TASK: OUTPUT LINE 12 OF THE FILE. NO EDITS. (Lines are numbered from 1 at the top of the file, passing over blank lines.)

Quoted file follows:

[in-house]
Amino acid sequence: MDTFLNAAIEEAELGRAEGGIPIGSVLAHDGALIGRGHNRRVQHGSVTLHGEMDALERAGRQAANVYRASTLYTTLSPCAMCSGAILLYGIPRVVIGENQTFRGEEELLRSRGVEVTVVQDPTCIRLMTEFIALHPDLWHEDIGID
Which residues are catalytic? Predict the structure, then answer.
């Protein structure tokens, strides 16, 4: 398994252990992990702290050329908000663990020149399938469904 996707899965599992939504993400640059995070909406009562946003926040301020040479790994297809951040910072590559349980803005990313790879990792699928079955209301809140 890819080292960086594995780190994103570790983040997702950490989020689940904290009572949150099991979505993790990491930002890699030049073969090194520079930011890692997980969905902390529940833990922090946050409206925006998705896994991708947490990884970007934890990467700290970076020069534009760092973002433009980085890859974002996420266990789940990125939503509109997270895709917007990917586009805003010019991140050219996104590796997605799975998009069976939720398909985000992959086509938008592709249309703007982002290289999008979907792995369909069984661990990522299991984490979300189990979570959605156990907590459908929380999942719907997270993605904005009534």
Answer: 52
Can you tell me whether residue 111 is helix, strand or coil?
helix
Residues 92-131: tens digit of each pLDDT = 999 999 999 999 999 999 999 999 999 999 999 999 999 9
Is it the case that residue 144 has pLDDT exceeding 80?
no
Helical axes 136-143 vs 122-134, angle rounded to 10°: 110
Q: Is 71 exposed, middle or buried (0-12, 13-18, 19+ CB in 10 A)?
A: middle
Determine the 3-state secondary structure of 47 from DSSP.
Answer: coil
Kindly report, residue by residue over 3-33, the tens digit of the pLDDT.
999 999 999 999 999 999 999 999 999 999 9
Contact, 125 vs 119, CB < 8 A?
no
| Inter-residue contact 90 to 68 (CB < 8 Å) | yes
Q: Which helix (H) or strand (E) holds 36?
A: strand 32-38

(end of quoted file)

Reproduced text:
Q: Is 71 exposed, middle or buried (0-12, 13-18, 19+ CB in 10 A)?